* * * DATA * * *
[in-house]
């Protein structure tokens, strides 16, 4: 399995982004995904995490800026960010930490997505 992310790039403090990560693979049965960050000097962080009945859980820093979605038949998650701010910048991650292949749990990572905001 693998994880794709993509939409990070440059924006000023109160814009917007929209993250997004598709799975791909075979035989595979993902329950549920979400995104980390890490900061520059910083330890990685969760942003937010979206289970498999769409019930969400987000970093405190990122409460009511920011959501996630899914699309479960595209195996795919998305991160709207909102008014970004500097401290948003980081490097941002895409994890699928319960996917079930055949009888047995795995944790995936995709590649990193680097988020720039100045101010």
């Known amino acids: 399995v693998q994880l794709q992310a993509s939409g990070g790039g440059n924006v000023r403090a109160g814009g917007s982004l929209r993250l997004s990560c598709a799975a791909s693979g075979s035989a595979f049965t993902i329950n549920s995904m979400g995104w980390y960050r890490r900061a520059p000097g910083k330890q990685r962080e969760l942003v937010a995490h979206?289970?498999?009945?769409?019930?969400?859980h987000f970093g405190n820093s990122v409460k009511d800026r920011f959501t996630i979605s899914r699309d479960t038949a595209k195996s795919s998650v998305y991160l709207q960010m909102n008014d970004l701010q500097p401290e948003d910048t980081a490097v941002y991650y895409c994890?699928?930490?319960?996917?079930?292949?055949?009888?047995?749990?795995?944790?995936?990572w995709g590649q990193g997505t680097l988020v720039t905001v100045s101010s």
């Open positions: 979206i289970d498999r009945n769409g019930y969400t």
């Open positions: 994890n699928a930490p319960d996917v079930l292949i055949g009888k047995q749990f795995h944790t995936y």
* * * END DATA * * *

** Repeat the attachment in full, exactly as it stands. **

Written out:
[in-house]
């Protein structure tokens, strides 16, 4: 399995982004995904995490800026960010930490997505 992310790039403090990560693979049965960050000097962080009945859980820093979605038949998650701010910048991650292949749990990572905001 693998994880794709993509939409990070440059924006000023109160814009917007929209993250997004598709799975791909075979035989595979993902329950549920979400995104980390890490900061520059910083330890990685969760942003937010979206289970498999769409019930969400987000970093405190990122409460009511920011959501996630899914699309479960595209195996795919998305991160709207909102008014970004500097401290948003980081490097941002895409994890699928319960996917079930055949009888047995795995944790995936995709590649990193680097988020720039100045101010």
């Known amino acids: 399995v693998q994880l794709q992310a993509s939409g990070g790039g440059n924006v000023r403090a109160g814009g917007s982004l929209r993250l997004s990560c598709a799975a791909s693979g075979s035989a595979f049965t993902i329950n549920s995904m979400g995104w980390y960050r890490r900061a520059p000097g910083k330890q990685r962080e969760l942003v937010a995490h979206?289970?498999?009945?769409?019930?969400?859980h987000f970093g405190n820093s990122v409460k009511d800026r920011f959501t996630i979605s899914r699309d479960t038949a595209k195996s795919s998650v998305y991160l709207q960010m909102n008014d970004l701010q500097p401290e948003d910048t980081a490097v941002y991650y895409c994890?699928?930490?319960?996917?079930?292949?055949?009888?047995?749990?795995?944790?995936?990572w995709g590649q990193g997505t680097l988020v720039t905001v100045s101010s």
């Open positions: 979206i289970d498999r009945n769409g019930y969400t």
């Open positions: 994890n699928a930490p319960d996917v079930l292949i055949g009888k047995q749990f795995h944790t995936y």